Historically minded observers, who have begun to remove themselves from the tense confrontations of nostalgia and utopia this war had generated, have begun to step out of the fog of archives in order to contemplate what happened in the light of what came of it. The latter is so important, because we cannot act as if the war has yet to happen, its consequences have yet to unfold, and its shadows have yet to lift. We now know — or, should we say, we could know if we took on the challenge of seeing this age of catastrophe as sediments of embattled futures — the kind of world that after even greater turmoil has become our world. Rather than looking in on World War I from the 19th century and consequently seeing it as a catastrophic flame-out of a prosperous, bourgeois age, we propose looking back on World War I from the other shore of the 21st century in order to see what the war begot. The first conference is concerned with the shifting tectonics of European civilization between 1900 and 1930. The image of shifting force fields that collide to explode in horrific bursts and ultimately give way to a new layout of the land serves as one of the most potent metaphors for what happened in World War I. This war was fought in defense of civilization, but it was evident to many, even foreshadowed in dreams of violence to come, that utter destruction not only was a product of a deep disquiet with, but also would inexorably change civilization. The nature of this tectonic shift is the subject of a first conference that takes the excess of destruction as a measure for the forces and movements that remade European civilization. The total nature of the war impacted all aspects of civilization in its material reality and its imagination: the spatial order of Europe and the world; the order of social bonds in and between communities and societies; the interiority and subjectivity of the human sense of self. These civilizational spaces — the way the world was configured — were the battlefields of a “greater war”, a struggle over civilized life that came to a head in the utter destruction of the Great War.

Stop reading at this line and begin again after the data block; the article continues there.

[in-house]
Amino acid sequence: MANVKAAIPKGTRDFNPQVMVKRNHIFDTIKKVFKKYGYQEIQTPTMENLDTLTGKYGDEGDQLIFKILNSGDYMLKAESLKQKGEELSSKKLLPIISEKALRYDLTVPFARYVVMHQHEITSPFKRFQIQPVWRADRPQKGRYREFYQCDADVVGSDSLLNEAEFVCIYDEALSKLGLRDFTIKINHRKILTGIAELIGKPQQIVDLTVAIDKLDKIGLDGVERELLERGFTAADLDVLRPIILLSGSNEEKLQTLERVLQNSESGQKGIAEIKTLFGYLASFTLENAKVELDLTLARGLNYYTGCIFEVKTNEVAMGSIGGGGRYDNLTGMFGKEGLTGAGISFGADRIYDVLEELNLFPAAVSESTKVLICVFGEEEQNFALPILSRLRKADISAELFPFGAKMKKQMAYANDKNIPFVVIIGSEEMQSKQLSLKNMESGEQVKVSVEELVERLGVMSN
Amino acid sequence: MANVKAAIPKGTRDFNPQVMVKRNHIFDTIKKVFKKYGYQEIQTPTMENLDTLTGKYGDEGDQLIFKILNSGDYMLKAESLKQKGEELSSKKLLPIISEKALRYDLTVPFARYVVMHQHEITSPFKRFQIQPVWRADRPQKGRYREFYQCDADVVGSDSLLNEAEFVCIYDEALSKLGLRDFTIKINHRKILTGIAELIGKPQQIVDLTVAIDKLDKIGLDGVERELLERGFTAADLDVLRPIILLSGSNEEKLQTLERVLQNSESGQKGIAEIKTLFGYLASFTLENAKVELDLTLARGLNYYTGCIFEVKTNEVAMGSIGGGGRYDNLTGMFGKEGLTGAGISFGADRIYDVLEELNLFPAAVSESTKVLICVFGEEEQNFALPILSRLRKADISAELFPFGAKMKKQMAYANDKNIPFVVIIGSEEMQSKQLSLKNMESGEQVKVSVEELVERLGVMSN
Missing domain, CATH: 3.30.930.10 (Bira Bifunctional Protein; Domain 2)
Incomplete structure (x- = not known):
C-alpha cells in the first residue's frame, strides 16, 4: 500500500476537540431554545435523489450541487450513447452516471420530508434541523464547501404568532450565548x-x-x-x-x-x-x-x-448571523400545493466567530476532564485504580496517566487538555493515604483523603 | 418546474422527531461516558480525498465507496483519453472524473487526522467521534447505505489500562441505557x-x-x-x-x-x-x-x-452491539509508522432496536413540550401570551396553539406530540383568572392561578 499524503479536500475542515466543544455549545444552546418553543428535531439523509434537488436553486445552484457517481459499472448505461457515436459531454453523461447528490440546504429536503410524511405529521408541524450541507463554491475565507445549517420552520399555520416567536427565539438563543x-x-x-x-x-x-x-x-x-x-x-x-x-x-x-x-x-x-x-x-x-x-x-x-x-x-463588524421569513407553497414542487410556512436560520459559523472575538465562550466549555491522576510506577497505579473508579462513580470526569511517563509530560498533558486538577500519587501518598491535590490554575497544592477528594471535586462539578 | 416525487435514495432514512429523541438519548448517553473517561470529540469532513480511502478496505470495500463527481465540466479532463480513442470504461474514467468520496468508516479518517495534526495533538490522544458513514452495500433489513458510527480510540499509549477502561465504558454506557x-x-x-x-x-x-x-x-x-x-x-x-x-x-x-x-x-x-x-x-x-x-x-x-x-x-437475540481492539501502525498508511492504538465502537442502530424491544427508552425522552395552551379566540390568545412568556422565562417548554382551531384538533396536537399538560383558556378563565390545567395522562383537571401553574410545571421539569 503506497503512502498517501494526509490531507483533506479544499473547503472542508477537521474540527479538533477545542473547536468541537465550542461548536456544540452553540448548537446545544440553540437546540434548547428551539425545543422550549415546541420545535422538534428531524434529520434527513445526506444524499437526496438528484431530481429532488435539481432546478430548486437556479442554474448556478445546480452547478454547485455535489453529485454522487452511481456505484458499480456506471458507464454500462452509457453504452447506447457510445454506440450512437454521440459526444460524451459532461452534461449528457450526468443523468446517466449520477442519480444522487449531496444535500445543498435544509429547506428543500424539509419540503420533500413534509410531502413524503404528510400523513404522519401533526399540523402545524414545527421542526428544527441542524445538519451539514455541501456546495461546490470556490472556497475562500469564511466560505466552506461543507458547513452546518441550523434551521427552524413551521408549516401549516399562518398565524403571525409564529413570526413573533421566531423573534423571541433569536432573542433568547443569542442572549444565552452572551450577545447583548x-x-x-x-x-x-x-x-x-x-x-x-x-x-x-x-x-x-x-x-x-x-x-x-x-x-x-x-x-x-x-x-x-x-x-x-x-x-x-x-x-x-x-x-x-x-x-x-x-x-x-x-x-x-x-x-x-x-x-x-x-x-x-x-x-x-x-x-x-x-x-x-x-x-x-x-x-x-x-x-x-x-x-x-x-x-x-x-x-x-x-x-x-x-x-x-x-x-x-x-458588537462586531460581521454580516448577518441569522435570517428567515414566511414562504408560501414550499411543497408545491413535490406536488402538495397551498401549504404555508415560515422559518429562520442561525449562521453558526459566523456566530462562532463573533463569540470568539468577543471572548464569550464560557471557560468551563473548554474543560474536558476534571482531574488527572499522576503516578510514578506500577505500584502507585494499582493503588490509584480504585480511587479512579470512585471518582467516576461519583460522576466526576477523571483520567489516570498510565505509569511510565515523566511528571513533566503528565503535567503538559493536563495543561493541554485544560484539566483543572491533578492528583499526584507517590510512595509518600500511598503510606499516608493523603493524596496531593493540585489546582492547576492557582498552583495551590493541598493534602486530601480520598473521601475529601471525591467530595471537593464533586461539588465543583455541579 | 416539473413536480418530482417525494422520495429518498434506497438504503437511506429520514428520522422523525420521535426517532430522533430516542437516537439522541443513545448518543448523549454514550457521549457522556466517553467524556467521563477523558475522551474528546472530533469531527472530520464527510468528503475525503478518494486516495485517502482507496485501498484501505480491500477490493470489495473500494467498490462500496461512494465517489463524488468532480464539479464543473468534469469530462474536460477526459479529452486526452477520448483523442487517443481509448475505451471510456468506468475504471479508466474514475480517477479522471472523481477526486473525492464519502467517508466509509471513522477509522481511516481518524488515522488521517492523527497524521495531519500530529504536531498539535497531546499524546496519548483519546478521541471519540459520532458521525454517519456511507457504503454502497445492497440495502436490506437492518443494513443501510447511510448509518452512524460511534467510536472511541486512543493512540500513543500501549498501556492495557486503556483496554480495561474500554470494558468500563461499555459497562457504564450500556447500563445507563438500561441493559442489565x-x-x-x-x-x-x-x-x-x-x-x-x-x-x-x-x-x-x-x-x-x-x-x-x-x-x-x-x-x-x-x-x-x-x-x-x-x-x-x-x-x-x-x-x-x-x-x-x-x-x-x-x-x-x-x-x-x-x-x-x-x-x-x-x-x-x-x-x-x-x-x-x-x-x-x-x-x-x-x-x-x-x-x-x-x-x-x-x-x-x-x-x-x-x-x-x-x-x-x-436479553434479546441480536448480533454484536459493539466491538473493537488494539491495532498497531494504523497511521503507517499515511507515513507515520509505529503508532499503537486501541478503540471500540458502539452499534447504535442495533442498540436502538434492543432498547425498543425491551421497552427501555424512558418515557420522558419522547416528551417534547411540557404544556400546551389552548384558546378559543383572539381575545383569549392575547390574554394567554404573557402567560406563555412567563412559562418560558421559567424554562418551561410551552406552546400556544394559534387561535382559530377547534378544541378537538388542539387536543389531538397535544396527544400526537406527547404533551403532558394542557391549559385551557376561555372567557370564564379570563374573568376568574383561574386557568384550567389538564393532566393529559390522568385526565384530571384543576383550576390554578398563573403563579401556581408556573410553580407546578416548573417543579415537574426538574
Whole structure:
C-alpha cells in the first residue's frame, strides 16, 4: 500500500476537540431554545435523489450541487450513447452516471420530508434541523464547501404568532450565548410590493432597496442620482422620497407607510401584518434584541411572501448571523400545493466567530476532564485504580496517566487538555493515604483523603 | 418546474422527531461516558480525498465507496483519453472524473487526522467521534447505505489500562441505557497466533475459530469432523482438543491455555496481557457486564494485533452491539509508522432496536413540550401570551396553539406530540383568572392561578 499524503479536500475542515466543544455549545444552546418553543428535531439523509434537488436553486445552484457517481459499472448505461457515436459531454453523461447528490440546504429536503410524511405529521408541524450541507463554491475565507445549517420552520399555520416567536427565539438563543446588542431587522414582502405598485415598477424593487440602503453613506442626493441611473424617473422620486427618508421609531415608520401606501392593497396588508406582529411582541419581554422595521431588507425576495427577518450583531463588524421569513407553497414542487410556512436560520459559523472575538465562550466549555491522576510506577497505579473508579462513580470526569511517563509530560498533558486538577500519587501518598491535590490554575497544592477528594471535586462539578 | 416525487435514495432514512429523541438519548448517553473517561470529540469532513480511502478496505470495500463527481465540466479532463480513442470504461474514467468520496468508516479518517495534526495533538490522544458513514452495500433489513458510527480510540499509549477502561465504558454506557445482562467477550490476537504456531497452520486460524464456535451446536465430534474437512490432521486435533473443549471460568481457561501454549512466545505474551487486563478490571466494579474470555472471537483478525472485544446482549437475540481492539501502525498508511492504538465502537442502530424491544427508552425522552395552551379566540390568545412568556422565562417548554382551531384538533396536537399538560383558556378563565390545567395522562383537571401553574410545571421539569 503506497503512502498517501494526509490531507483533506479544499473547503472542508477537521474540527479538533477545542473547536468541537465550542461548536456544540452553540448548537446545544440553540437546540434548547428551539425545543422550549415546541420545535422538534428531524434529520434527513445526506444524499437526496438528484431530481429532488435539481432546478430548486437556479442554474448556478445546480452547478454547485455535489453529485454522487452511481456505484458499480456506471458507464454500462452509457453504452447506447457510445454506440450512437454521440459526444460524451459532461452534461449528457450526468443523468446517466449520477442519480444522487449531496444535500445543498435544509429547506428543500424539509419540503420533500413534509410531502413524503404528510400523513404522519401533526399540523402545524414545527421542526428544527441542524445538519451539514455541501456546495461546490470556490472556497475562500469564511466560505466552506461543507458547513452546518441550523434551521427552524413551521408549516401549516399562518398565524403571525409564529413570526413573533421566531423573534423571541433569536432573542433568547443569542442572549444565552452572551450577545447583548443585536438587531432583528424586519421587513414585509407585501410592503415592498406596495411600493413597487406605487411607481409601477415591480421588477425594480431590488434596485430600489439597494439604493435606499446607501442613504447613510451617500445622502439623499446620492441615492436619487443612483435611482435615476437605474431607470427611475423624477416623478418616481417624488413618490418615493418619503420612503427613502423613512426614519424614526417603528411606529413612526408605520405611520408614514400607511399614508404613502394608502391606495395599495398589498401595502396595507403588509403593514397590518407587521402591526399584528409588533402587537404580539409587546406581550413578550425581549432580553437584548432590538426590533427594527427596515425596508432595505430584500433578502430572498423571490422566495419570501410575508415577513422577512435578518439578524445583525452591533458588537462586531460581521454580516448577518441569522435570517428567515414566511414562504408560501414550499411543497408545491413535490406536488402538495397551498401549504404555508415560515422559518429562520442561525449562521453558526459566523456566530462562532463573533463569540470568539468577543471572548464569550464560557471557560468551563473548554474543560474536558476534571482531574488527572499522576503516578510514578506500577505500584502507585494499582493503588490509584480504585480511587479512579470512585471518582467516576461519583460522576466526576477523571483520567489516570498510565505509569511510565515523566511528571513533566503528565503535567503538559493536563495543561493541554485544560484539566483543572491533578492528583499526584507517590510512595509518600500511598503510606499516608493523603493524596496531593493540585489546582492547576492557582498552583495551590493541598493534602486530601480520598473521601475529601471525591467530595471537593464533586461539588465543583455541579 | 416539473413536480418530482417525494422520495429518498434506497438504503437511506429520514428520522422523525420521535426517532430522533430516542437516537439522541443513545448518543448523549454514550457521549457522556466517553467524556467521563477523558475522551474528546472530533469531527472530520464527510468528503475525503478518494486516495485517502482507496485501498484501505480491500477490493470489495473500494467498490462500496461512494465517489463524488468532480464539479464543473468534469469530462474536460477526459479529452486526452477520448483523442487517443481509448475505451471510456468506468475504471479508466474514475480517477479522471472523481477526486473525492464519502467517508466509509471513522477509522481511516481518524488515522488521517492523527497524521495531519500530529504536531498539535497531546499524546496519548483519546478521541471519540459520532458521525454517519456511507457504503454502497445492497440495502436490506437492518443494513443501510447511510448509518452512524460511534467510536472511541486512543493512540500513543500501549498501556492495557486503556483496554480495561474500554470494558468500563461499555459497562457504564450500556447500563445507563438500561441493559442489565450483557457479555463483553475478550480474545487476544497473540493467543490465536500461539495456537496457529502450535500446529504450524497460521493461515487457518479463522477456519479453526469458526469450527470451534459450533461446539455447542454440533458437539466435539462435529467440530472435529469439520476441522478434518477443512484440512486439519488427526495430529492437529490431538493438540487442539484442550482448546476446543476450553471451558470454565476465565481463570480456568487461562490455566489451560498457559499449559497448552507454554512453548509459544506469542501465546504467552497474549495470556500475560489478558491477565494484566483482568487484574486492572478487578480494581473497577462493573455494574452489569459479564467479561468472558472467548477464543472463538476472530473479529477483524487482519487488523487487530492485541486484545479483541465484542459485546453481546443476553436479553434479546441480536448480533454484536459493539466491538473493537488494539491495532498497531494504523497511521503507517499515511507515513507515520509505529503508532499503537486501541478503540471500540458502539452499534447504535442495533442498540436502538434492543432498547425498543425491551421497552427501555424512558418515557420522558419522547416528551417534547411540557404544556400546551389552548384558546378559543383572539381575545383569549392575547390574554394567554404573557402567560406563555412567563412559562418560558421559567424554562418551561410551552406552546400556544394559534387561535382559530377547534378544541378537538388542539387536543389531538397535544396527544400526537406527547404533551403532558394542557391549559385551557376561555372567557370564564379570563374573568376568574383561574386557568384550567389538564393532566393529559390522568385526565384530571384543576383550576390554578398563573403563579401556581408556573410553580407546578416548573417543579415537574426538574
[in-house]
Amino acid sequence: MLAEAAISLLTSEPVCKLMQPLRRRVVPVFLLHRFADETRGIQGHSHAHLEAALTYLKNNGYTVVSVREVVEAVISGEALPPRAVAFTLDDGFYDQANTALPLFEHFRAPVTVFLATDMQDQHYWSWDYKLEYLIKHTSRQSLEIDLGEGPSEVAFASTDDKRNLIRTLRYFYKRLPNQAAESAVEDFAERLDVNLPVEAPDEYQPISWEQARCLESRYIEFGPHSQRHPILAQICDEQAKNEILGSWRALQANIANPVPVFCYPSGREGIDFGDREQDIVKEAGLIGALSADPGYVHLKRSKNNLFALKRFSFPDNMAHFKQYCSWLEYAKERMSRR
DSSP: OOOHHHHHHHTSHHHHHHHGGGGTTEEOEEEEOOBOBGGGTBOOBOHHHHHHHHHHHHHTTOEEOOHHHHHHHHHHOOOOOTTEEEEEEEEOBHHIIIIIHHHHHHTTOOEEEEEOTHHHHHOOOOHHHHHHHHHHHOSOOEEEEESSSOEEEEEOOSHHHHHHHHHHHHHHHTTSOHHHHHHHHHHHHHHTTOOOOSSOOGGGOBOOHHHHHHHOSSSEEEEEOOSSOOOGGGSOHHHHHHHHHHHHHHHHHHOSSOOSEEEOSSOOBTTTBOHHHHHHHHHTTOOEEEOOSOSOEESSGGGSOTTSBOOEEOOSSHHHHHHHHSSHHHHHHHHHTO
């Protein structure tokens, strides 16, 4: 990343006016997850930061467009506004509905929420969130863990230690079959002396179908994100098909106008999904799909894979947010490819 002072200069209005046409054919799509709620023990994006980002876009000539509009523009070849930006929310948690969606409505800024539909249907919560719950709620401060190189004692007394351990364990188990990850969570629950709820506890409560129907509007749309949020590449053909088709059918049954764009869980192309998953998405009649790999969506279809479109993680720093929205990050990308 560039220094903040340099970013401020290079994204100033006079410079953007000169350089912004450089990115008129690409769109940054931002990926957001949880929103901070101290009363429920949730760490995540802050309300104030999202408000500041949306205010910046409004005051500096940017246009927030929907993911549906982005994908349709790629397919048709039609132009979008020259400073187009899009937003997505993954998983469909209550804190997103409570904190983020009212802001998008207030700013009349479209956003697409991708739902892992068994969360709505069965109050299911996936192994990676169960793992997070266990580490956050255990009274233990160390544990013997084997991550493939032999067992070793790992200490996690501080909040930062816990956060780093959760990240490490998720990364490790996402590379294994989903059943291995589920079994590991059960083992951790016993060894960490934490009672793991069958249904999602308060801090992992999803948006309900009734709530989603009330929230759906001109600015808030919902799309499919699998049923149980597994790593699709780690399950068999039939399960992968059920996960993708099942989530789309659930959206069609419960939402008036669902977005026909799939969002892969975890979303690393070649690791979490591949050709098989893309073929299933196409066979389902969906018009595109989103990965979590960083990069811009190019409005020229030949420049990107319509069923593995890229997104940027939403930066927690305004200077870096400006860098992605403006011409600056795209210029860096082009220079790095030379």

CONCEPTION: Michael Geyer (Departmentof History, University of Chicago), Helmut Lethen (IFK, Vienna), Lutz Musner (IFK, Vienna)

PARTICIPANTS: Richard Bessel (Department of History, University of York), Laura Engelstein (Department of History, Yale University), Ute Frevert (Max-Planck-Institute for Human Development, Berlin), Christian Geulen (Department of History, University of Koblenz), Michael Geyer (Department of History, University of Chicago), Christa Hämmerle (Department of History, University of Vienna), Patrick Houlihan (Department of History, University ofChicago), Helmut Lethen (IFK, Vienna), Lutz Musner (IFK, Vienna), Elisa Primavera-Lévy (New York, IFK_Research Fellow),Tamara Scheer (Andrássy Universität Budapest), Karl Schlögel (Faculty of Social and Cultural Sciences, European University Viadrina, Frankfurt/Oder), Hew Strachan (Faculty of History, All Souls College, University of Oxford), Jay Winter (Department of History, Yale University)

 

Posted in Friedensforschung, Termine, Unfrieden, Wien